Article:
I thought we covered that in the other thread: koshi is a word referring to a body part, the sacro-illial area, yes? Rather than being the name of the center or the ground-force.
Close. The area is correct yes. Different area than the centre. The point from which you experience what ip calls ground force yes.

Once again I'll differentiate further. They are both spiritual points aligned with the body.

If Mike calls this Mingmin then so be it. I'm unaware of any Aikido that uses such terminology be it Iwama or Tomiki et.al.

If those studying ip and relating it to Aikido are thus using that terminology then so be it. I didn't need it for the terminology inherent already sufficed. I must admit however that not many I have met have known the truth of Koshi and thus related all to centre.

I like your approach though. Good for you.

Regards.G.
  Reply With Quote
Old 08-04-2011, 07:24 PM   #23
Mike Sigman
Location: Durango, CO
Join Date: Feb 2005
Posts: 4,123
United_States
Offline
Re: being centered no matter what

Quote:
Graham Christian wrote: View Post
If Mike calls this Mingmin then so be it. I'm unaware of any Aikido that uses such terminology be it Iwama or Tomiki et.al.
Koshi is not mingmen, Graham. And you'd be surprised how many legitimate Japanese and Aikidoka know what it is since they use "ki", etc., exactly as the Chinese do. Perhaps, and I know this might be impossible to embrace, you have no idea what the conversation is about but you have such faith in yourself that it overcomes simple facts?

Mike Sigman
  Reply With Quote
Old 08-05-2011, 08:38 AM   #24
Abasan
Dojo: Aiki Shoshinkan, Aiki Kenkyukai
Join Date: Oct 2001
Posts: 813
Malaysia
Offline
Re: being centered no matter what

Phi, Did saotome Sensei bounced you by sinking his center or rounding his shoulders or moving his hara or did he just stand there keeping still. Did you bounce back feet first or shoulder first? Were your hands locked when you were pushing him? Was he standing shizentai
or in hanmi?

I wish you have a vid...

Draw strength from stillness. Learn to act without acting. And never underestimate a samurai cat.
  Reply With Quote
Old 08-05-2011, 01:29 PM   #25
graham christian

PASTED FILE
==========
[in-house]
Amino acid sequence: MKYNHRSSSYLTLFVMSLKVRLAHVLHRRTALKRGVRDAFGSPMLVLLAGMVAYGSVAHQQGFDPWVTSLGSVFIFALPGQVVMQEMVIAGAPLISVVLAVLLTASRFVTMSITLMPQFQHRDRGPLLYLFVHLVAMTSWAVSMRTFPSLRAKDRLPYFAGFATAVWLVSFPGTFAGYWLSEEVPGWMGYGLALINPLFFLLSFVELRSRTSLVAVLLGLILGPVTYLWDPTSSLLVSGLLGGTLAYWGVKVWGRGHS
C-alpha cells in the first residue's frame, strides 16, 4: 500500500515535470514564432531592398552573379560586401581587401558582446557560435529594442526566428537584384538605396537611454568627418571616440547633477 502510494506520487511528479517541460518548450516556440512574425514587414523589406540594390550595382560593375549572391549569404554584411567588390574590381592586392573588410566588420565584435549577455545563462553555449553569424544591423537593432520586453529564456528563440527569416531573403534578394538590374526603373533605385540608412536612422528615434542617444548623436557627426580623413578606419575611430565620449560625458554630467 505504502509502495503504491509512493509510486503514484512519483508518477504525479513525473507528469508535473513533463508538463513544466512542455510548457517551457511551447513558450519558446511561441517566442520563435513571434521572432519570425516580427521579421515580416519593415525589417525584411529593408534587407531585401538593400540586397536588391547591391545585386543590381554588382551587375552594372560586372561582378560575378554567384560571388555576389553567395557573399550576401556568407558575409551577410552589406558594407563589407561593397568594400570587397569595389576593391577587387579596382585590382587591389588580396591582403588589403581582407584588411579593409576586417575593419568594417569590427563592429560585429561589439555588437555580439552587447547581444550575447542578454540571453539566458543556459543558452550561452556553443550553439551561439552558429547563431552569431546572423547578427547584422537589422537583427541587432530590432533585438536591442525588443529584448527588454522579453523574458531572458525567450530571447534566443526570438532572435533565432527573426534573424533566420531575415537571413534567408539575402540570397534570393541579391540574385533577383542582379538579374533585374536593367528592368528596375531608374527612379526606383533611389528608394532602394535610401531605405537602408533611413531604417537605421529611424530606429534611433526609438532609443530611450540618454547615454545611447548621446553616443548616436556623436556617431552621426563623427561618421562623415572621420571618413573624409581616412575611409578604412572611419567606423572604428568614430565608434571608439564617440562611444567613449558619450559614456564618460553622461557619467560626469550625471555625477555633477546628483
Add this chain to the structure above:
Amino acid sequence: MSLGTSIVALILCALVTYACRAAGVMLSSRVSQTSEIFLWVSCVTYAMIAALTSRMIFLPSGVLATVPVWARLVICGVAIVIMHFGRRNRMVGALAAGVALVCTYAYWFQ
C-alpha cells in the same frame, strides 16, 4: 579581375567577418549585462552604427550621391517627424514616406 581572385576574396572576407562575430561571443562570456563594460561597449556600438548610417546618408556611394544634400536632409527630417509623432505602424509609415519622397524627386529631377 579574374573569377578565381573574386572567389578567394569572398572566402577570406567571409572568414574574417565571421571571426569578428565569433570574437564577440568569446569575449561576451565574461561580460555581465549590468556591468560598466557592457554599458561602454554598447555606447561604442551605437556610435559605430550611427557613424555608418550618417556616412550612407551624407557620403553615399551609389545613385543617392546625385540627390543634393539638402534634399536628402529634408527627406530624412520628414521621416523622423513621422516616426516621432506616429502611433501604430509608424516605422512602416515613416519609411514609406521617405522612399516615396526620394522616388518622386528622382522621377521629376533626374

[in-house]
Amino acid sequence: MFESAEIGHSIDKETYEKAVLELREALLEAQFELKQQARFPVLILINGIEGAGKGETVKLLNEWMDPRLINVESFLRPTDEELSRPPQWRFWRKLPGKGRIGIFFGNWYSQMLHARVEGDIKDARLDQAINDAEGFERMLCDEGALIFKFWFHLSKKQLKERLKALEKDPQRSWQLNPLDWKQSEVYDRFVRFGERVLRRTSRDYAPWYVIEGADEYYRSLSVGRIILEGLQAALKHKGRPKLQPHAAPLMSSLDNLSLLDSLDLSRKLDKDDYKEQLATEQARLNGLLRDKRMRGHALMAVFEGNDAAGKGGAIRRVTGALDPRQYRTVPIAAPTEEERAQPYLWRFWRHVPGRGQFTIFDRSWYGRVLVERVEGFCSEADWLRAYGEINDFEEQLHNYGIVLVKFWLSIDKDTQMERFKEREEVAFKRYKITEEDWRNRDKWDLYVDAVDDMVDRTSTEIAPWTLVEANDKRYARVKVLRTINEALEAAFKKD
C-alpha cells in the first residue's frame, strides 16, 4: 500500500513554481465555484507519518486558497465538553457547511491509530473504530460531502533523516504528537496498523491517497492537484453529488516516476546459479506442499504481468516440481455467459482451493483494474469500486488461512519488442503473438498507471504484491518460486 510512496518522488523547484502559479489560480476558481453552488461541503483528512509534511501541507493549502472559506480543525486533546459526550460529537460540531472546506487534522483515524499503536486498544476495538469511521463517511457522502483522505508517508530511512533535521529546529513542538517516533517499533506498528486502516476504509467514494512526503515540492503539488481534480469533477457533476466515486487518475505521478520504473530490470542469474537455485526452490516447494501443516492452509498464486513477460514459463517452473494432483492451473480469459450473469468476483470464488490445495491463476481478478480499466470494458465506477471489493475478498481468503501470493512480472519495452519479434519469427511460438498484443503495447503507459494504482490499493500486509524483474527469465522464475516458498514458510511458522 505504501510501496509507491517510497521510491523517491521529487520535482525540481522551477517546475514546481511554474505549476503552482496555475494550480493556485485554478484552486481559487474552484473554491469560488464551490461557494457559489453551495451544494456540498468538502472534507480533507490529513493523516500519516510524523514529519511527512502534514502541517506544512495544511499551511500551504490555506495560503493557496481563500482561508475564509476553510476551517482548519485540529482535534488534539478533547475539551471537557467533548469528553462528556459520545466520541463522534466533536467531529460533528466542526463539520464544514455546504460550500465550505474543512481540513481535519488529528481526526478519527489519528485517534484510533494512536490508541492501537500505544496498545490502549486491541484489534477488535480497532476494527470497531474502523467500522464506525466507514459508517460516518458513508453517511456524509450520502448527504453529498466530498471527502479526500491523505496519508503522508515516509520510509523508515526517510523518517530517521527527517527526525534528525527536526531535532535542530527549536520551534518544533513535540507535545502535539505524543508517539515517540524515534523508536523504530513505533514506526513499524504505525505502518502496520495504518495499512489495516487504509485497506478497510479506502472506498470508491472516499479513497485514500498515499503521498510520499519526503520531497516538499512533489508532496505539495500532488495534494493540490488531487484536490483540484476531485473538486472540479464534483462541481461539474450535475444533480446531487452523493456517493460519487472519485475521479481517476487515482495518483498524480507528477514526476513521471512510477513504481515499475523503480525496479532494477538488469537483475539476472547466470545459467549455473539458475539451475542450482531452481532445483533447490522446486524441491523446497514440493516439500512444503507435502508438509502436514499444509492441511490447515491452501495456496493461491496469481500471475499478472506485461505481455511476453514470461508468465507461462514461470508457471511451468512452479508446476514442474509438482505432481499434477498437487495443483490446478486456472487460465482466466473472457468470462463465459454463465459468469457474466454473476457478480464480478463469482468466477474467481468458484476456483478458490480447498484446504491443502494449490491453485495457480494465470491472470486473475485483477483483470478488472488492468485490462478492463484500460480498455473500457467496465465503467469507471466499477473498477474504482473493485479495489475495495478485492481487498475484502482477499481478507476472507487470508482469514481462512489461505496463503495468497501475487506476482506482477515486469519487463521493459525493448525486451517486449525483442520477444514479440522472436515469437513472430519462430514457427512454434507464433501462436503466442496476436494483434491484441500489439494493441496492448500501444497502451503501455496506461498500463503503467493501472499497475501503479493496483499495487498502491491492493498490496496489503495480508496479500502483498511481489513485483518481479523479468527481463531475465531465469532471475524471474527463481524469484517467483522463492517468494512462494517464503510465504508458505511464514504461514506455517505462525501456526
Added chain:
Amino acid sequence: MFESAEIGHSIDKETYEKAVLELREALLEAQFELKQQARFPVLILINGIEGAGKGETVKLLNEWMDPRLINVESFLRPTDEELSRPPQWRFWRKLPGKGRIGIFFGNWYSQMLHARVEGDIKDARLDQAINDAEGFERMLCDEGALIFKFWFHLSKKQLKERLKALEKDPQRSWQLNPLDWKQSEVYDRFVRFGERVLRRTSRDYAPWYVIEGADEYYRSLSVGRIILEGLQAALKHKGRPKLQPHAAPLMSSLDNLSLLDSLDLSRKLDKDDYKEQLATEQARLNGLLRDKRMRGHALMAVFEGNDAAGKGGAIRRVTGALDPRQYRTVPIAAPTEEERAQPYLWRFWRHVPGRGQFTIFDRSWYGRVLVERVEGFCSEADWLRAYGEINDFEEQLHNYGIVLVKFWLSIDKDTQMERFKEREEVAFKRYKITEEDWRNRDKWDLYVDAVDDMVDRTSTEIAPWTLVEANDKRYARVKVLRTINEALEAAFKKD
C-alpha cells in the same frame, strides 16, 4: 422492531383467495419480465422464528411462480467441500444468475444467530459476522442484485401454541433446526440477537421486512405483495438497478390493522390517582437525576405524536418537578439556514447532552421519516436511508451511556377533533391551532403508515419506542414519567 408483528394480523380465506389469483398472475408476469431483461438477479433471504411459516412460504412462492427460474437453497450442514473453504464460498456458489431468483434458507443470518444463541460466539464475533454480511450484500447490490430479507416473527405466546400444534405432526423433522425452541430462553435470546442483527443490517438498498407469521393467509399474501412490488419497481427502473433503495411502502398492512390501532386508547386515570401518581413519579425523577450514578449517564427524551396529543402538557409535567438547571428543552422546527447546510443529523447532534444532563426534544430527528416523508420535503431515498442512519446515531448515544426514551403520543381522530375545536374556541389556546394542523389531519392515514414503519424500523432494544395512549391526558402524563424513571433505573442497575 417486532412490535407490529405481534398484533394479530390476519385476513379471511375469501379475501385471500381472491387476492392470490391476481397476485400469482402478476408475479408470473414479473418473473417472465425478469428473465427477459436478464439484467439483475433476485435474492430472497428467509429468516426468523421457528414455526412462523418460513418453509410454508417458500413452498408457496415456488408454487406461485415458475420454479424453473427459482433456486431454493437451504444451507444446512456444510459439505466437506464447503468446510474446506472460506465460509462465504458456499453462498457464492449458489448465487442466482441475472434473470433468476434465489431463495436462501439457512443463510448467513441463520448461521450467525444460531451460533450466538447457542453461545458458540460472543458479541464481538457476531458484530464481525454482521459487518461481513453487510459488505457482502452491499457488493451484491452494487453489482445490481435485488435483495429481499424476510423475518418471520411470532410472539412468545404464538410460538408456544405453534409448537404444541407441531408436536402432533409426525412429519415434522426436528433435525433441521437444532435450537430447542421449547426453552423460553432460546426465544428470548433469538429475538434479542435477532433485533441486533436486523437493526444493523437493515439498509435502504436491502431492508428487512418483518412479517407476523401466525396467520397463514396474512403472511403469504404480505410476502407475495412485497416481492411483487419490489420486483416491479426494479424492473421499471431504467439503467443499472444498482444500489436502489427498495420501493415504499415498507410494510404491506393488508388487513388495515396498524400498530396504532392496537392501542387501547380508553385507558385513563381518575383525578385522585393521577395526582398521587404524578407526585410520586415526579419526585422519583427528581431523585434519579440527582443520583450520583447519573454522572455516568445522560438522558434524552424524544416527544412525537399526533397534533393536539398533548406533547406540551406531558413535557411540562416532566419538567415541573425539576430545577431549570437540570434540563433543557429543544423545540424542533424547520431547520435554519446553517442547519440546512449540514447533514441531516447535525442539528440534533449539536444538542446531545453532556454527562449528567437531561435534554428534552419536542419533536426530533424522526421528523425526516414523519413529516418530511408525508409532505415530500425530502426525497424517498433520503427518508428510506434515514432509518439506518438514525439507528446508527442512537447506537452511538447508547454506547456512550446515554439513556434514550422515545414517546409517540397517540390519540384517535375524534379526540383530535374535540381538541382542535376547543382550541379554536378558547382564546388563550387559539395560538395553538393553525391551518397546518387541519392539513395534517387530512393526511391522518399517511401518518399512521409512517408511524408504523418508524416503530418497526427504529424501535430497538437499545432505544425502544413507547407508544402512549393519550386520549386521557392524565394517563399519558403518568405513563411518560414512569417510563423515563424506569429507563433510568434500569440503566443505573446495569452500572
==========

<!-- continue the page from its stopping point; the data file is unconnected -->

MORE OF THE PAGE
Dojo: golden center aikido-highgate
Location: london
Join Date: Oct 2010
Posts: 2,697
England
Offline
Re: being centered no matter what

Quote:
Janet Rosen wrote: View Post
I'm not Phi but I will say in my experience if you don't have a good center you can't establish a groundpath.
I agree. The development of centre comes first.

Regards.G.
  Reply With Quote

Please visit our sponsor:

AikiWeb Sponsored Links - Place your Aikido link here for only $10!



Reply


Currently Active Users Viewing This Thread: 1 (0 members and 1 guests)
 
Thread Tools

Posting Rules
You may not post new threads
You may not post replies
You may not post attachments
You may not edit your posts

vB code is On
Smilies are On
[IMG] code is On
HTML code is Off

Similar Threads
Thread Thread Starter Forum Replies Last Post
"One Point" - is it gone, or is it a matter of semantics? sefie Techniques 13 07-13-2007 08:14 AM
Does size matter... Adam Alexander General 45 02-02-2007 10:26 AM
Does Rank Really Matter? Nafis Zahir Training 126 12-01-2003 12:50 AM
Being centered w/ Ki flowing during techniques C. Emerson General 19 07-24-2003 11:16 PM


All times are GMT -6. The time now is 03:10 PM.



vBulletin Copyright © 2000-2014 Jelsoft Enterprises Limited
----------
Copyright 1997-2014 AikiWeb and its Authors, All Rights Reserved.
----------
For questions and comments about this website:
Send E-mail
plainlaid-picaresque outchasing-protistan explicantia-altarage seaford-stellionate